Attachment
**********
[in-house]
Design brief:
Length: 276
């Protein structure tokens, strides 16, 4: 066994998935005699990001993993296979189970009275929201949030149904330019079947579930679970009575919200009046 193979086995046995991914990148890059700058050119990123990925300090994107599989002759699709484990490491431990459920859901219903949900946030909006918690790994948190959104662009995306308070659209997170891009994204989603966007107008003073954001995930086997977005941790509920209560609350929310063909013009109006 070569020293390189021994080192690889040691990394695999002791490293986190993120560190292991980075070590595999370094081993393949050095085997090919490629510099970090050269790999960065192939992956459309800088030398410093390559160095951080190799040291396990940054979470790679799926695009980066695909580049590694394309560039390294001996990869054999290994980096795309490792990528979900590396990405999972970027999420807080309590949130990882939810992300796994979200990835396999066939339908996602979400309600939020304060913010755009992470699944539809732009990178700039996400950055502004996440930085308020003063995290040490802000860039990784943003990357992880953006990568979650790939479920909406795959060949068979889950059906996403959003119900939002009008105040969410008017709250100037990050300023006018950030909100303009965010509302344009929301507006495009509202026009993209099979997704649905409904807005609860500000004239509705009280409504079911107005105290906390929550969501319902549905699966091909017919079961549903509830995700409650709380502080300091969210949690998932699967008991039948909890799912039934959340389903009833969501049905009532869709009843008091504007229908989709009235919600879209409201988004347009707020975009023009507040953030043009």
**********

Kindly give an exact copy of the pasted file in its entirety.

[in-house]
Design brief:
Length: 276
């Protein structure tokens, strides 16, 4: 066994998935005699990001993993296979189970009275929201949030149904330019079947579930679970009575919200009046 193979086995046995991914990148890059700058050119990123990925300090994107599989002759699709484990490491431990459920859901219903949900946030909006918690790994948190959104662009995306308070659209997170891009994204989603966007107008003073954001995930086997977005941790509920209560609350929310063909013009109006 070569020293390189021994080192690889040691990394695999002791490293986190993120560190292991980075070590595999370094081993393949050095085997090919490629510099970090050269790999960065192939992956459309800088030398410093390559160095951080190799040291396990940054979470790679799926695009980066695909580049590694394309560039390294001996990869054999290994980096795309490792990528979900590396990405999972970027999420807080309590949130990882939810992300796994979200990835396999066939339908996602979400309600939020304060913010755009992470699944539809732009990178700039996400950055502004996440930085308020003063995290040490802000860039990784943003990357992880953006990568979650790939479920909406795959060949068979889950059906996403959003119900939002009008105040969410008017709250100037990050300023006018950030909100303009965010509302344009929301507006495009509202026009993209099979997704649905409904807005609860500000004239509705009280409504079911107005105290906390929550969501319902549905699966091909017919079961549903509830995700409650709380502080300091969210949690998932699967008991039948909890799912039934959340389903009833969501049905009532869709009843008091504007229908989709009235919600879209409201988004347009707020975009023009507040953030043009």